Detroit Regional Chamber > Mackinac Policy Conference > Michigan’s Congressional Leaders: Civility is a Priority for Progress

Michigan’s Congressional Leaders: Civility is a Priority for Progress

June 1, 2022

Key Takeaways:

  • While opposing political parties don’t always see eye-to-eye, bipartisan bills are being passed, and discussions are being had among members of congress.
  • Gun control is an area of contention among Democrats and Republicans; the recent mass shootings in the U.S. have led to more behind-the-scenes discussions and problem-solving initiatives in congress that aren’t typically shared by the media.
  • Bipartisan bills have passed related to providing military aid to Ukraine, as well as the Baby Formula Act of 2022

 width=How do we solve America’s problems among members of opposing political parties? Harold Ford Jr., vice chair of corporate and institutional banking at PNC, interviews Senator Gary Peters (D-MI) and Senator Debbie Stabenow (D-MI) on recent success stories and challenges for Democrats and Republicans in Congress at the 2022 Mackinac Policy Conference on Wednesday, June 1.

Stabenow began the conversation by highlighting a recent bipartisan success story: passing the Access to Baby Formula Act of 2022; the bill will ensure families in need can continue to buy formula in the event of a future supply chain issue or public health crisis.

“Both Debbie and I take pride in working across the aisle and trying to solve the tough problems we have,” Peters said. Peters pointed to additional areas of agreement among the Democratic and Republican parties, including community mental health funding and providing over $50 billion for the U.S. Postal Service to ensure mail is delivered.

 width=Stabenow and Peters agreed that gun laws are a major area of disagreement among the political parties. Both are hopeful that an agreement will soon be reached.

“I think we’re seeing some signs after these two horrific tragedies [in Buffalo, New York and Uvalde, Texas, ten days later],” Peters said. “I think what we have to do is step back and understand that there is no one thing we can do to correct all of this… it’s going to be a process.” Peters went on to emphasize the need for background checks after two back-to-back mass shootings.

Stabenow and Peters also touched on the need for bipartisan support in bringing more jobs to America, especially following the massive breakdown of the supply chain’s efficiency during the pandemic.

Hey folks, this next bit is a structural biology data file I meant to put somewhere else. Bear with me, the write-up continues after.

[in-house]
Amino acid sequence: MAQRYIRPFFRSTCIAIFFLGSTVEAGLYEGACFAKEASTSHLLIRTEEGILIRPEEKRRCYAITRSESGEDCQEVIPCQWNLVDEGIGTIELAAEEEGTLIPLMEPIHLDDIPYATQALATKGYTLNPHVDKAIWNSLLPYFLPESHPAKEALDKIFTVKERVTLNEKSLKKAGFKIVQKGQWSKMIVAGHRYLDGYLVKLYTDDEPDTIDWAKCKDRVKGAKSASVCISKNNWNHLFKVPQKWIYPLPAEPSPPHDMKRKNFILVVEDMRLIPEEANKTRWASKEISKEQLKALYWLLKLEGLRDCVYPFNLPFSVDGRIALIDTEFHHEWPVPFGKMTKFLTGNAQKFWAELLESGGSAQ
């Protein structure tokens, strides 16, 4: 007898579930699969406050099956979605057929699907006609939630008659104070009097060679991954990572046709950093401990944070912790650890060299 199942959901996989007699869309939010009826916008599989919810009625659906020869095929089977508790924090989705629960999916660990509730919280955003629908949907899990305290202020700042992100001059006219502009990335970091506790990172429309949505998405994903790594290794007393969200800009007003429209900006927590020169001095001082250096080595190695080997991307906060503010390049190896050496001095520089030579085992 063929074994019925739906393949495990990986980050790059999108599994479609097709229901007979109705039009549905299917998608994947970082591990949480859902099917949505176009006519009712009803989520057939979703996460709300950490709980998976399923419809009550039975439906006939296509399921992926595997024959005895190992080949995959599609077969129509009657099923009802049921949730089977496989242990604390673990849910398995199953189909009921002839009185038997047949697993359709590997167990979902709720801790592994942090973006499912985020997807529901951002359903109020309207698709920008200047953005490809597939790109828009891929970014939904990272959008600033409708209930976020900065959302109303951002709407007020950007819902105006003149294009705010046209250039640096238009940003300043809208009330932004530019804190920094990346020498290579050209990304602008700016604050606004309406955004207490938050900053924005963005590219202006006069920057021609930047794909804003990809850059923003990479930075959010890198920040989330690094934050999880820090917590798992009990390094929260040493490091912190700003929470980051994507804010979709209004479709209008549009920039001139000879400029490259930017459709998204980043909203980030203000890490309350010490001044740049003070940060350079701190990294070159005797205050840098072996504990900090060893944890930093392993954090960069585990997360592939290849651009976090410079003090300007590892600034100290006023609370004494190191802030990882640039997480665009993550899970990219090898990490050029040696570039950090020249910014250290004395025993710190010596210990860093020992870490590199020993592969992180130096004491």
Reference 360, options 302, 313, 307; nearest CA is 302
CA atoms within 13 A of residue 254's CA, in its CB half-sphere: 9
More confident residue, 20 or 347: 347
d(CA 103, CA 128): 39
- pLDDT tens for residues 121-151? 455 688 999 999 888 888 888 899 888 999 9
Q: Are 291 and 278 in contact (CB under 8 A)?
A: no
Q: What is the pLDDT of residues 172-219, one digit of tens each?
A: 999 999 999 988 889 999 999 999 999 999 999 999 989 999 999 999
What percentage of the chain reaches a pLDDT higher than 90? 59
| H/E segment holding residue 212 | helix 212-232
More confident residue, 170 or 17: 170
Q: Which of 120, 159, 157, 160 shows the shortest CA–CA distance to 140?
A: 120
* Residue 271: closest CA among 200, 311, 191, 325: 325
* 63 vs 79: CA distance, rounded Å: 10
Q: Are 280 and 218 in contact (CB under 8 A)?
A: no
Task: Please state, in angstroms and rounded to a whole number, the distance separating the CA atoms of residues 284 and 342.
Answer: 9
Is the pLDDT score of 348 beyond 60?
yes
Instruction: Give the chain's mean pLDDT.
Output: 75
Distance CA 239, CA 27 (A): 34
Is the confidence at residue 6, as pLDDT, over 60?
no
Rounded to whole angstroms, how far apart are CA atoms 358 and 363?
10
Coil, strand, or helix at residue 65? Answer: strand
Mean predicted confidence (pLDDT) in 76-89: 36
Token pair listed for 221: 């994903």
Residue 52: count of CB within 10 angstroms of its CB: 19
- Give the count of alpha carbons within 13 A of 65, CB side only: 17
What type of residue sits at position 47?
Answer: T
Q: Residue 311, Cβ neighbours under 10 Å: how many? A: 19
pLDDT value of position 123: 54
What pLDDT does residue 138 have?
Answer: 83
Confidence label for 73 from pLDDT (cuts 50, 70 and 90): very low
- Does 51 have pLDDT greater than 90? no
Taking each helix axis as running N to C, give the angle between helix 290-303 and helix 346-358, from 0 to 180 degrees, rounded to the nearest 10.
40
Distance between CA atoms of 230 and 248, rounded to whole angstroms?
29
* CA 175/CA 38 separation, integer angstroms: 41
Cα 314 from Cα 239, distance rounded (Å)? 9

“We need to look at how we can make things in America… there is no reason this can’t be the decade where we just rock and roll, both as Michigan as well as our country,” Stabenow said.

The latter half of the discussion on the need for greater bipartisan consensus was moderated by Ford Jr. and featured U.S. Representative Debbie Dingell (D-MI 12), U.S. Representative Bill Huizenga (R-MI 2), and U.S. Representative Elissa Slotkin (D-MI 8).

“The Great Lakes is where we have the most commonality — it’s very critical that we protect our water,” Dingell said.

For Slotkin, the Russian-Ukraine War was another area where she felt the parties were able to agree and develop solutions.

 width=“For me, it is the single most bipartisan thing that I’ve worked on in my three-and-a-half years in Congress,” Slotkin said. “We were tag-teaming – literally, we were looking at each other from across the table — it felt good to be on the same team.”

The major area of disagreement mimics, once again, was related to gun legislation.

Slotkin points to recent efforts being made in congress through the problem-solvers caucus involving a group of senators aiming to develop gun control solutions, such as universal background checks.

“The idea that we can’t do anything, that we are going to try the same process, is infuriating,” Slotkin said.

While gun control is one of the more contentious arguments, Huizenga emphasized that what is portrayed in the media doesn’t mirror what truly goes on among congressional leaders.

“We get along better than what you will see in the media — there a lot of people behind the scenes who are doing the work and who are willing to have conversations,” he said.